NAIROBI, Kenya – Thousands of frightened Chadians took advantage of a lull in fighting Monday to flee N’Djamena when rebels withdrew from the capital after two days of heavy clashes with government troops.
Officials, however, warned that battles probably were not over and that rebel leaders vowed to attack again.
“Rebels still have a capability of fighting,” said Capt. Christophe Prazuck, spokesman for the French Ministry of Defense, which has 1,900 troops deployed in the central African country and has evacuated nearly 1,000 foreigners. “They announced they were leaving to reorganize their forces. They’re not far from town, so things may change rapidly.”
At the United Nations on Monday, the Security Council tacitly opened the door to military intervention by France and other countries, with a unanimous condemnation of the rebels’ attempt to seize power by force and a call for nations to help Chad’s government end the violence.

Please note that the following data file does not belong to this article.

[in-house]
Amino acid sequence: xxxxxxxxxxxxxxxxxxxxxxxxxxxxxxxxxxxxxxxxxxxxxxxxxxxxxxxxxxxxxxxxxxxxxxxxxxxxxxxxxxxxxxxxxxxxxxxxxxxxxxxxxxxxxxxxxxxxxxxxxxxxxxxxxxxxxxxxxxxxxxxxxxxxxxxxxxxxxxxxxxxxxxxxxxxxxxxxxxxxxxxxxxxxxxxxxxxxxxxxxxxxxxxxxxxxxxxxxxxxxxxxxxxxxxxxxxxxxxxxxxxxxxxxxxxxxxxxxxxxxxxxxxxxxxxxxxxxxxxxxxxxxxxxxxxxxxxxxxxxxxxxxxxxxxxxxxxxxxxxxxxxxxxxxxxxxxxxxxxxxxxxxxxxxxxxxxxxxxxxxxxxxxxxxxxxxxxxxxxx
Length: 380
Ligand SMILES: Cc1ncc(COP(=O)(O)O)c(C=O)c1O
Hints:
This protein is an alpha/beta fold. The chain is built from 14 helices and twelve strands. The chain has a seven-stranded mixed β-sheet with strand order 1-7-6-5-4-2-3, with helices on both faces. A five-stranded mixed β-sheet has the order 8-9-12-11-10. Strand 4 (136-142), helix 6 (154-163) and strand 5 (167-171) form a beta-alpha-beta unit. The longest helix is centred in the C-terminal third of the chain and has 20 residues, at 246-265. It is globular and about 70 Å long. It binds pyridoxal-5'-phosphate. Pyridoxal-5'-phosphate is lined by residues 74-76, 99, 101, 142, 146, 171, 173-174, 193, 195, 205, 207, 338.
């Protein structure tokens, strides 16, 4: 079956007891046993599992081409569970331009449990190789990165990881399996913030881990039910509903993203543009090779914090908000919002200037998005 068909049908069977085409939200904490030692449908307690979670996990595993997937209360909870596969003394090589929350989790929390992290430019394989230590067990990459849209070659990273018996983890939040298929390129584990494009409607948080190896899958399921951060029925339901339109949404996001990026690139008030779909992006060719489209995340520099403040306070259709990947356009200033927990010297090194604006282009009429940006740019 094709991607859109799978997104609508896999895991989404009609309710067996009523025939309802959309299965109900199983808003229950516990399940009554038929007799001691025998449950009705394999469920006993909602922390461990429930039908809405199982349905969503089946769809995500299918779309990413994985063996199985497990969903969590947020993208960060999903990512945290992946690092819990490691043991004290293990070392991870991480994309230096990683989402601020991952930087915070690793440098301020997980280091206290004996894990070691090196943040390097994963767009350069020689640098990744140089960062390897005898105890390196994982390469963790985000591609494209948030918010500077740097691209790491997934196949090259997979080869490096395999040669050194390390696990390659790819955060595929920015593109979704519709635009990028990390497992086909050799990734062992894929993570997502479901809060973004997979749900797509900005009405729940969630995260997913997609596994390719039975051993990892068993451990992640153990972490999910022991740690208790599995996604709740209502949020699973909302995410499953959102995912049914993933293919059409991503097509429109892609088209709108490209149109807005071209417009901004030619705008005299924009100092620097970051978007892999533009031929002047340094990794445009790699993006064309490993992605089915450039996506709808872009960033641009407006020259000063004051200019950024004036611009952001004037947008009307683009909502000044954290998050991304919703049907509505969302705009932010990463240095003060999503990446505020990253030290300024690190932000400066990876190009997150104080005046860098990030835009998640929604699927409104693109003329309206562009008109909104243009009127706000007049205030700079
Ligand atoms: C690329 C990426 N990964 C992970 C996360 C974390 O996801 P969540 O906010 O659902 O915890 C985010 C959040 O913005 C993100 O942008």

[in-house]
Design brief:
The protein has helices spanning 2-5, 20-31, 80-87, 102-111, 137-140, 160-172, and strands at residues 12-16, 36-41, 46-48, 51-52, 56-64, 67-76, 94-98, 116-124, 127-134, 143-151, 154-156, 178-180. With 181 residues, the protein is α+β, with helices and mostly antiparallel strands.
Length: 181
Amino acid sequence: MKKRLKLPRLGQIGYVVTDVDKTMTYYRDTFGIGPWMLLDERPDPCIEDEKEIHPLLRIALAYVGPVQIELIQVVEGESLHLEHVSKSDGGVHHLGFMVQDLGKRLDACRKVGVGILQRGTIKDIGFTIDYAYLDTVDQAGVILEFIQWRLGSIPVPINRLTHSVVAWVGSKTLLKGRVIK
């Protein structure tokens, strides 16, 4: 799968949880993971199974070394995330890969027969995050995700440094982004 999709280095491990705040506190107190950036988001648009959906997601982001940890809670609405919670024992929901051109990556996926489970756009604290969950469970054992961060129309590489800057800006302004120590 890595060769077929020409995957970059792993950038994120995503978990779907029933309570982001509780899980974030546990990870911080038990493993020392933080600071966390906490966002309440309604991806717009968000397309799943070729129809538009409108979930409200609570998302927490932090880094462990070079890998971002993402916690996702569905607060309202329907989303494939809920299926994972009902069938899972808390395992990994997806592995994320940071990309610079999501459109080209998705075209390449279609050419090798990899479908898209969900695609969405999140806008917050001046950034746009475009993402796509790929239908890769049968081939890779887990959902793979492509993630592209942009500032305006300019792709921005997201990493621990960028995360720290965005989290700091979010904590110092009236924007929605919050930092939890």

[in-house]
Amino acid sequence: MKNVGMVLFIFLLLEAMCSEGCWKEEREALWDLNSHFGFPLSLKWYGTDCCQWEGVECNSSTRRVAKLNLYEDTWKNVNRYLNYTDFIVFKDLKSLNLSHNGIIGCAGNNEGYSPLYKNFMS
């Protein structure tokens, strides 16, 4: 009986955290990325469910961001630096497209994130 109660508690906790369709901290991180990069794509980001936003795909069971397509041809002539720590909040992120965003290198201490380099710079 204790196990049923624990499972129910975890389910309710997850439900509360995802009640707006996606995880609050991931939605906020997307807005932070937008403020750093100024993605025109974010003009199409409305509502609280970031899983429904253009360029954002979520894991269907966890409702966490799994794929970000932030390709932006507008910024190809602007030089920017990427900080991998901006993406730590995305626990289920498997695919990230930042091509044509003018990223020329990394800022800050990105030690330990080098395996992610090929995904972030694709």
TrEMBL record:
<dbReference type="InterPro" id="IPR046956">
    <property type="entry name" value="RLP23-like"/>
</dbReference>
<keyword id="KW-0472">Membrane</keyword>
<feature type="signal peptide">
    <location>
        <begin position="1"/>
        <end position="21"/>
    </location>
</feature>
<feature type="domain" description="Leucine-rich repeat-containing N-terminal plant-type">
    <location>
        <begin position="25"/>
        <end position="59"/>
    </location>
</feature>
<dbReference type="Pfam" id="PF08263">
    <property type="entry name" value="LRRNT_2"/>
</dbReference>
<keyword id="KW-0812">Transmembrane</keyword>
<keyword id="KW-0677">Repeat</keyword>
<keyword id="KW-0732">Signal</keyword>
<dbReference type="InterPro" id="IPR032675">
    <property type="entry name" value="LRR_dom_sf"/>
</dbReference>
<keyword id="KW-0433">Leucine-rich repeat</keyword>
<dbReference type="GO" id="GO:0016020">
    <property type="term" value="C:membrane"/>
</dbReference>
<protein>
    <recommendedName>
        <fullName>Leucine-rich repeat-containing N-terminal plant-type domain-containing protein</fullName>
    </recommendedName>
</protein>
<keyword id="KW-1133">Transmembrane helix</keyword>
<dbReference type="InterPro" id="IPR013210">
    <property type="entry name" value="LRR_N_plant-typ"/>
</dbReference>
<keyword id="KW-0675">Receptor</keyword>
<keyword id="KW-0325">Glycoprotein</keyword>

The nonbinding statement also backed efforts by leaders from Libya and the Republic of Congo to try to broker a peace deal. The U.S. State Department and African Union also have criticized the assault as unconstitutional.
Humanitarian officials estimated at least 500 civilians have been wounded during the past two days of fighting, most of them caught in the crossfire.
More than 1,000 rebels penetrated the capital Saturday, facing off against government troops. It was Chad’s third coup attempt in three years.